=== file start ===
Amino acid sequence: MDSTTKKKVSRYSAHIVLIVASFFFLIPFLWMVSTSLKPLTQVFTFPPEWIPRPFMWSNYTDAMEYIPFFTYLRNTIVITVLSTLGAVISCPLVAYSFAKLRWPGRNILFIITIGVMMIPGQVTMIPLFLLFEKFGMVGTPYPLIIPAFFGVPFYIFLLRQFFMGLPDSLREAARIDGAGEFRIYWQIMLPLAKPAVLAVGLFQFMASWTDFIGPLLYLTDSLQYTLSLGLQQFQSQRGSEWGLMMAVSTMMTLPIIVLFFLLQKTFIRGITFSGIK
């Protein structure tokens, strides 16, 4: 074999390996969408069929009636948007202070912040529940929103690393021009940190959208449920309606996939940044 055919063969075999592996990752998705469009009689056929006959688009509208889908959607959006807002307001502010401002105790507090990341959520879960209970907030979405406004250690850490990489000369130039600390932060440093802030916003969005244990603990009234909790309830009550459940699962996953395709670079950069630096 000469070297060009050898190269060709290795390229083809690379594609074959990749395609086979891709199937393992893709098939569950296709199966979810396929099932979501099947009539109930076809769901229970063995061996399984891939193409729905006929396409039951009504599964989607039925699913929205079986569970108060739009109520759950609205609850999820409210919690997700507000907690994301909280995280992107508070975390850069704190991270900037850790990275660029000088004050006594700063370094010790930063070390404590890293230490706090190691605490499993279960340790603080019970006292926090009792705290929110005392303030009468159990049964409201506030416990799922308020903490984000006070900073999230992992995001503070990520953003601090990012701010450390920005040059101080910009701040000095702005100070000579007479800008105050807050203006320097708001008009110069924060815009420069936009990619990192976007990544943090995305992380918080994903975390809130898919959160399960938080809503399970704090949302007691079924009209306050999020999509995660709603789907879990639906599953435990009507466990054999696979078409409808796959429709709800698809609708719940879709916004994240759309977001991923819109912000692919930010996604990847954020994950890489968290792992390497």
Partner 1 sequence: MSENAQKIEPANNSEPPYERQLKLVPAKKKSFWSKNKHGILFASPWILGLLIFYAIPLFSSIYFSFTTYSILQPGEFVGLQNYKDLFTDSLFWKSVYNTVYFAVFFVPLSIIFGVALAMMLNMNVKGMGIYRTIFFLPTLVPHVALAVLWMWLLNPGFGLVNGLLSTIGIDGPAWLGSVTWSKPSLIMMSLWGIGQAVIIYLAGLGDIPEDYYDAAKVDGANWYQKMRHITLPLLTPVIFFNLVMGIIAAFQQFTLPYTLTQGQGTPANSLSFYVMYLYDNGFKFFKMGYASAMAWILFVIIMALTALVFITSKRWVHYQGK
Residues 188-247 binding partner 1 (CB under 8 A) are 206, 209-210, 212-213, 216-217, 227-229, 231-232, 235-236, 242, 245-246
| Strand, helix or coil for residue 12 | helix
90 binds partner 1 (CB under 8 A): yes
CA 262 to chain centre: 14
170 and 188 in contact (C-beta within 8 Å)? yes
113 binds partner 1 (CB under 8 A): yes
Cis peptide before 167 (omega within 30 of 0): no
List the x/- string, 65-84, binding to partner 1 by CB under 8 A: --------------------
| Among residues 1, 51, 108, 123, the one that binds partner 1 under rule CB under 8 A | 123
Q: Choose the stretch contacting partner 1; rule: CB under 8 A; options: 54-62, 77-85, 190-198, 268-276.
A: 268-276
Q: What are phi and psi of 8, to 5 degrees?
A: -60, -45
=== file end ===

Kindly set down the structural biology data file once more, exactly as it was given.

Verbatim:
Amino acid sequence: MDSTTKKKVSRYSAHIVLIVASFFFLIPFLWMVSTSLKPLTQVFTFPPEWIPRPFMWSNYTDAMEYIPFFTYLRNTIVITVLSTLGAVISCPLVAYSFAKLRWPGRNILFIITIGVMMIPGQVTMIPLFLLFEKFGMVGTPYPLIIPAFFGVPFYIFLLRQFFMGLPDSLREAARIDGAGEFRIYWQIMLPLAKPAVLAVGLFQFMASWTDFIGPLLYLTDSLQYTLSLGLQQFQSQRGSEWGLMMAVSTMMTLPIIVLFFLLQKTFIRGITFSGIK
């Protein structure tokens, strides 16, 4: 074999390996969408069929009636948007202070912040529940929103690393021009940190959208449920309606996939940044 055919063969075999592996990752998705469009009689056929006959688009509208889908959607959006807002307001502010401002105790507090990341959520879960209970907030979405406004250690850490990489000369130039600390932060440093802030916003969005244990603990009234909790309830009550459940699962996953395709670079950069630096 000469070297060009050898190269060709290795390229083809690379594609074959990749395609086979891709199937393992893709098939569950296709199966979810396929099932979501099947009539109930076809769901229970063995061996399984891939193409729905006929396409039951009504599964989607039925699913929205079986569970108060739009109520759950609205609850999820409210919690997700507000907690994301909280995280992107508070975390850069704190991270900037850790990275660029000088004050006594700063370094010790930063070390404590890293230490706090190691605490499993279960340790603080019970006292926090009792705290929110005392303030009468159990049964409201506030416990799922308020903490984000006070900073999230992992995001503070990520953003601090990012701010450390920005040059101080910009701040000095702005100070000579007479800008105050807050203006320097708001008009110069924060815009420069936009990619990192976007990544943090995305992380918080994903975390809130898919959160399960938080809503399970704090949302007691079924009209306050999020999509995660709603789907879990639906599953435990009507466990054999696979078409409808796959429709709800698809609708719940879709916004994240759309977001991923819109912000692919930010996604990847954020994950890489968290792992390497």
Partner 1 sequence: MSENAQKIEPANNSEPPYERQLKLVPAKKKSFWSKNKHGILFASPWILGLLIFYAIPLFSSIYFSFTTYSILQPGEFVGLQNYKDLFTDSLFWKSVYNTVYFAVFFVPLSIIFGVALAMMLNMNVKGMGIYRTIFFLPTLVPHVALAVLWMWLLNPGFGLVNGLLSTIGIDGPAWLGSVTWSKPSLIMMSLWGIGQAVIIYLAGLGDIPEDYYDAAKVDGANWYQKMRHITLPLLTPVIFFNLVMGIIAAFQQFTLPYTLTQGQGTPANSLSFYVMYLYDNGFKFFKMGYASAMAWILFVIIMALTALVFITSKRWVHYQGK
Residues 188-247 binding partner 1 (CB under 8 A) are 206, 209-210, 212-213, 216-217, 227-229, 231-232, 235-236, 242, 245-246
| Strand, helix or coil for residue 12 | helix
90 binds partner 1 (CB under 8 A): yes
CA 262 to chain centre: 14
170 and 188 in contact (C-beta within 8 Å)? yes
113 binds partner 1 (CB under 8 A): yes
Cis peptide before 167 (omega within 30 of 0): no
List the x/- string, 65-84, binding to partner 1 by CB under 8 A: --------------------
| Among residues 1, 51, 108, 123, the one that binds partner 1 under rule CB under 8 A | 123
Q: Choose the stretch contacting partner 1; rule: CB under 8 A; options: 54-62, 77-85, 190-198, 268-276.
A: 268-276
Q: What are phi and psi of 8, to 5 degrees?
A: -60, -45